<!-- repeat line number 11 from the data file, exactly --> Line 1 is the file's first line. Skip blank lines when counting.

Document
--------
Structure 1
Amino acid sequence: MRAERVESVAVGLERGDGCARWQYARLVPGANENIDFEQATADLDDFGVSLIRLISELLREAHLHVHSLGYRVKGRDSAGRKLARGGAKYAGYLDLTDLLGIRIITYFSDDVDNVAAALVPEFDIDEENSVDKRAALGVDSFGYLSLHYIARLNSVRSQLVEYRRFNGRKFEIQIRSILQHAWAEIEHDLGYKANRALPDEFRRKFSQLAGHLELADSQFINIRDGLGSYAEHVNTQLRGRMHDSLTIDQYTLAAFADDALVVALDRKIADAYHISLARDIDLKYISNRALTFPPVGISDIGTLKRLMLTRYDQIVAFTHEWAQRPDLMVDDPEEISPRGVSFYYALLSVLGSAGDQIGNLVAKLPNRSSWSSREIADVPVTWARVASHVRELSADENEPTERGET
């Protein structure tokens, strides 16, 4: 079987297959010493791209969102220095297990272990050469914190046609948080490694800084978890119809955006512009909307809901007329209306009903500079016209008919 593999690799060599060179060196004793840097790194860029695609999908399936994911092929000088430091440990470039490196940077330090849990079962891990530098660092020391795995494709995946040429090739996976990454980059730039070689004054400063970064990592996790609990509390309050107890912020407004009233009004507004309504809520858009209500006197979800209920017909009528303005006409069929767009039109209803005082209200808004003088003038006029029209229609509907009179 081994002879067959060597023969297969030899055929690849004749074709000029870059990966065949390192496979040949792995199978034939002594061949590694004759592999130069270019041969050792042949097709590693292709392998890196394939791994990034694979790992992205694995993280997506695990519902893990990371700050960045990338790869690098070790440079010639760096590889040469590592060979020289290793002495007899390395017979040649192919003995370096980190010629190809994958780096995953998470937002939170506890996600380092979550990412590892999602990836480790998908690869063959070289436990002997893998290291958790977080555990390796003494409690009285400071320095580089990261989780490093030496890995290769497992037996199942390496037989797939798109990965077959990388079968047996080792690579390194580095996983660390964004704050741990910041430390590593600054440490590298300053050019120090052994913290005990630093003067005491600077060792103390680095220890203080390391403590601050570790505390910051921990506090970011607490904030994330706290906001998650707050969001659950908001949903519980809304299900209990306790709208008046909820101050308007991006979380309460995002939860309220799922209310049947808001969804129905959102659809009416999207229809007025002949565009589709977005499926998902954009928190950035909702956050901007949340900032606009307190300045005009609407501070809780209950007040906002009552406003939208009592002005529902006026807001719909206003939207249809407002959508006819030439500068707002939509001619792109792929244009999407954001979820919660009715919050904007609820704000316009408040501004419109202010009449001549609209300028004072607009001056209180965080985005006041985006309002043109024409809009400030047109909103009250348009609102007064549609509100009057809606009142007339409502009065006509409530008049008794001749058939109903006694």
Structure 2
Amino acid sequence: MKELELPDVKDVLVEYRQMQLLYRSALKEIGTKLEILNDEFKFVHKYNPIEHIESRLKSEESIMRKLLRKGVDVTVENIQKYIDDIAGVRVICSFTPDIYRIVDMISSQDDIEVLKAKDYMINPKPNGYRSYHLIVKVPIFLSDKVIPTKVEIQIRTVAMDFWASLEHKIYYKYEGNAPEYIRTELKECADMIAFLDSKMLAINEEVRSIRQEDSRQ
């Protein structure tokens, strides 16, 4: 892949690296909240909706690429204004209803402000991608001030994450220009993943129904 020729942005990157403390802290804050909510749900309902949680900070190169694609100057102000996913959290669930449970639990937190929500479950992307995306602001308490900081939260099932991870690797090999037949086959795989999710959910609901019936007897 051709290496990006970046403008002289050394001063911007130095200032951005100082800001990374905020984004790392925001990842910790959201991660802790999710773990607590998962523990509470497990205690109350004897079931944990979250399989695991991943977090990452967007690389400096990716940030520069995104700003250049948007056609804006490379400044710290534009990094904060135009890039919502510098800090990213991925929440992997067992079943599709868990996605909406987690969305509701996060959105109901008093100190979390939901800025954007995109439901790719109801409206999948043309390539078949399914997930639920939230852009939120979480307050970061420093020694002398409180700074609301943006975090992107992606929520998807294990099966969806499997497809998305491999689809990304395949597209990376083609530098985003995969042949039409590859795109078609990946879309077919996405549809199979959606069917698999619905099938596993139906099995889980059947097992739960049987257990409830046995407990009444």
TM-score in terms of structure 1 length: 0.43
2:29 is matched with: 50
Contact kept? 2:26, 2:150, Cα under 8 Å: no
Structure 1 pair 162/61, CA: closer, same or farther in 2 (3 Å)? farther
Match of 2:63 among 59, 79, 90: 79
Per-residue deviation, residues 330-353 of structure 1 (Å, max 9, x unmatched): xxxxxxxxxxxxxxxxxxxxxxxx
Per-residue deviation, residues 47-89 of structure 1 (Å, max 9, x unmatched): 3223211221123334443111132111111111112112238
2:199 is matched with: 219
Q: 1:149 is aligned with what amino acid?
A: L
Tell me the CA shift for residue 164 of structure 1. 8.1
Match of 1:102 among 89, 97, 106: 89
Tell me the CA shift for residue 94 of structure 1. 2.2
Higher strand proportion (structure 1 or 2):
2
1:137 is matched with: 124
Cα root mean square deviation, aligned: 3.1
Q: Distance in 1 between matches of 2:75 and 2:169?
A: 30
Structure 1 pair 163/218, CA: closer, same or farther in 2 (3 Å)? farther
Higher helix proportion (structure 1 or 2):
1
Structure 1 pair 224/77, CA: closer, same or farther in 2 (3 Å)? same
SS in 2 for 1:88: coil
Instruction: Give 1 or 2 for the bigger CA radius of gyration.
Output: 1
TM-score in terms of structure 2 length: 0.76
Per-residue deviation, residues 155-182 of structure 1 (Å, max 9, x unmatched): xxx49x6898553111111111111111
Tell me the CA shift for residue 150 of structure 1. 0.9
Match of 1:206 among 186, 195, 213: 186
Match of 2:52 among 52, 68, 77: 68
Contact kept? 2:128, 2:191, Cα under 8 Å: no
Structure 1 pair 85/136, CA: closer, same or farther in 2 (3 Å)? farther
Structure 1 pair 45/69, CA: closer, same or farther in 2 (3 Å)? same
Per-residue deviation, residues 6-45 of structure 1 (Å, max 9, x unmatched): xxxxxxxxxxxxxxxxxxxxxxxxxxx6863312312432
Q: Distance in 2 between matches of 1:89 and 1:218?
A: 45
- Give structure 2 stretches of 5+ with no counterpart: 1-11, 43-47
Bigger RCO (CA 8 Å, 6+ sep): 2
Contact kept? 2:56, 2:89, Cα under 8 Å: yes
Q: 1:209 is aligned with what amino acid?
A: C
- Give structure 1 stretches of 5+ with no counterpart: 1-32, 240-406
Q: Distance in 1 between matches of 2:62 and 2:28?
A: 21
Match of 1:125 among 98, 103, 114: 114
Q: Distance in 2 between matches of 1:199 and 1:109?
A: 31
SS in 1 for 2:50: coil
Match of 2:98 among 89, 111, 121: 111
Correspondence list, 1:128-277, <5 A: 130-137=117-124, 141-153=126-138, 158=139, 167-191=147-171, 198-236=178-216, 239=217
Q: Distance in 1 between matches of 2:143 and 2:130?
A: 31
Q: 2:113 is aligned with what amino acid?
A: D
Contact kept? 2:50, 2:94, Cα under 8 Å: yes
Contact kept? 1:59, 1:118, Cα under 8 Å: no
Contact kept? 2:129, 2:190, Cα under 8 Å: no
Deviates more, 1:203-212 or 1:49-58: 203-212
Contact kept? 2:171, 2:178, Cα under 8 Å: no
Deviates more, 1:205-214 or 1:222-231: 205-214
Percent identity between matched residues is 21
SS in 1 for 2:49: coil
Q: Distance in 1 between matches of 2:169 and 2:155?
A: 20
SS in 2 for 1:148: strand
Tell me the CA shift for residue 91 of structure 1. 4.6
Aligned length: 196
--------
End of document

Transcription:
Match of 2:63 among 59, 79, 90: 79